John H. O'Brien, a prosperous and highly respected farmer of Douglas county, has a well kept and comfortable estate in section eleven of Alexandria township. He has spent his life there and is one of the rising young men of his community.
Mr. O'Brien was born on his father's farm, near his present residence in Alexandria township, Douglas county, September 14, 1871. His parents, Edward and Ellen (Kerney) O'Brien, were both natives of Ireland, the former of County Cork and the latter of Tipperary. The father emigrated to America in 1861, landing at Boston, Massachusetts, and in that city made his home for twelve years. Soon after his arrival he enlisted in the United States navy and served during the entire war of the Rebellion, and at its close received an honorable discharge. He afterward obtained a position in the Boston Navy Yards, which he held until he decided to remove to the northwest. In 1869 he brought his family to Douglas county, and on his arrival homesteaded 160 acres of land, settling in the timber on parts of sections ten and eleven in Alexandria township. In addition to farming he did considerable freighting for several years at St. Cloud and in the Red River valley. He married Ellen Kerney in Boston. The father died May 22, 1882, and the mother passed away October 4, 1893. They are buried side by side in the cemetery at Alexandria. Eleven children were born to this worthy couple, namely: Nellie and Bridget, born in Boston, Massachusetts, and died there; Rosa, Margaret, Mable and James, born in Douglas county, all died young; Mary F., now the widow of George W. Robards, of Alexandria; Michael T.; Edward O.; John H.; and Charles J. Edward O. is unmarried and resides on the old homestead formerly owned by his father. He is a thrifty farmer and owns 160 acres of land. He is prominent in local affairs and has served as assessor of his township.
John H. O'Brien, the subject of this article, is a progressive and prosperous farmer, and has acquired 160 acres of valuable land on section eleven of Alexandria township. He has sixty-five acres under cultivation, thirty acres in meadow and the balance is pasture and timber. In 1892 he erected a comfortable residence near the timber and he has also built other buildings, including a good barn, granary, sheds, and has ample shelter for stock and products. He keeps about thirty-two head of well graded cattle and a sufficient number of work horses for the operation of the farm and makes a success of his work as an agriculturist.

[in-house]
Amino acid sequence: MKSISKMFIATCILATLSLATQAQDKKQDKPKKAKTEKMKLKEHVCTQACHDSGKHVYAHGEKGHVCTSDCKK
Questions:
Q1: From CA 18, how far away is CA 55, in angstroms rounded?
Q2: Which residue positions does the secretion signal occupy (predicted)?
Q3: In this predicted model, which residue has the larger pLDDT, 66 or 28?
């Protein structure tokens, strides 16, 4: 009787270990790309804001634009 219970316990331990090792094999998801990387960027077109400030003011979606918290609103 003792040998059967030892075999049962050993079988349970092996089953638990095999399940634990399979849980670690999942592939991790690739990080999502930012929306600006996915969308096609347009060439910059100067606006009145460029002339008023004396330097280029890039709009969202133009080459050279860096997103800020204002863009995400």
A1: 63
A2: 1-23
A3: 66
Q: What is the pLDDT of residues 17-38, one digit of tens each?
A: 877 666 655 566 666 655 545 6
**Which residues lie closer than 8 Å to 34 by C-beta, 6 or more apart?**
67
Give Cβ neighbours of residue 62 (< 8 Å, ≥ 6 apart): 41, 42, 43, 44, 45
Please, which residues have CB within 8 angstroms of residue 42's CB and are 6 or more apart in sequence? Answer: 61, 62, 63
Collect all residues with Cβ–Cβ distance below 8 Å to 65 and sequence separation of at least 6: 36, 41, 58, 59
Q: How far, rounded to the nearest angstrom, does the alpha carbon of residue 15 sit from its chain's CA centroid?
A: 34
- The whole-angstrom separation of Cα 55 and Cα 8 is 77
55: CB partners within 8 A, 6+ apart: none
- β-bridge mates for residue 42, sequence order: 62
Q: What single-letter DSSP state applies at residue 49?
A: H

Mr. O'Brien was married November 19, 1892, to Sally Grandlund, daughter of Daniel and Steena (Olson) Grandlund, farmers of Belle River township. The family consists of eight children, of whom Mrs. O'Brien was the sixth in order of birth. Mr. and Mrs. O'Brien are the parents of four exceedingly bright and interesting children, named: Rosa L., Blanche M., Irwin and Myrtle. Our subject is widely and favorably known and is a member of the Ancient Order of United Workmen. Politically Mr. O'Brien is independent. He is a young man of broad ideas and keeps apace with the times, and has gained an assured position as a worthy citizen and esteemed and thrifty agriculturist.
From: Compendium of History and Biography of Central and Northern Minnesota (Chicago, Geo. A. Ogle & Co., 1904), pages 287-88.
William O'Brien, the efficient and popular postmaster of Eden Valley, Minnesota, is one of the prominent young men of Meeker county. He is engaged in the publication of the "Eden Valley Journal."
Mr. O'Brien was born in Galena, Illinois, August 24, 1869. His father, James O'Brien, was a native of Ireland, and the mother, Catherine (Lyons) O'Brien, was born in Kentucky. Our subject came to Houston county, Minnesota, with his parents when he was one year of age. He there attended the common schools and later entered Notre Dame University at South Bend, Indiana. He graduated from the scientific department of that institution in June, 1902, and in September of the same year located in Eden Valley, Minnesota. He established the "Eden Valley Journal" and has met with pronounced success in its publication. The paper now enjoys a good circulation and is one of the bright and newsy sheets of that locality. Mr. O'Brien was appointed postmaster in 1897 and has since had charge of this office at Eden Valley. He is a gentleman of excellent business ability and meets with success in all business ventures.
Mr. O'Brien was married in 1898 to Maggie Sattler. Mrs. O'Brien was born in Eden Valley, Minnesota, in 1879. To Mr. and Mrs. O'Brien two children have been born, namely: Marie, born in 1900, at Eden Valley, and, James A., born in the same town, in August, 1902. Mr. O'Brien has a pleasant home in the village and he and family are highly respected by all who have the pleasure of their acquaintance. The family are members of the Catholic church at Eden Valley. Mr. O'Brien takes an active and commendable interest in all local public affairs and has been chosen to fill various offices of trust in his township. He served two years as township clerk, and for the past seven years has been school clerk.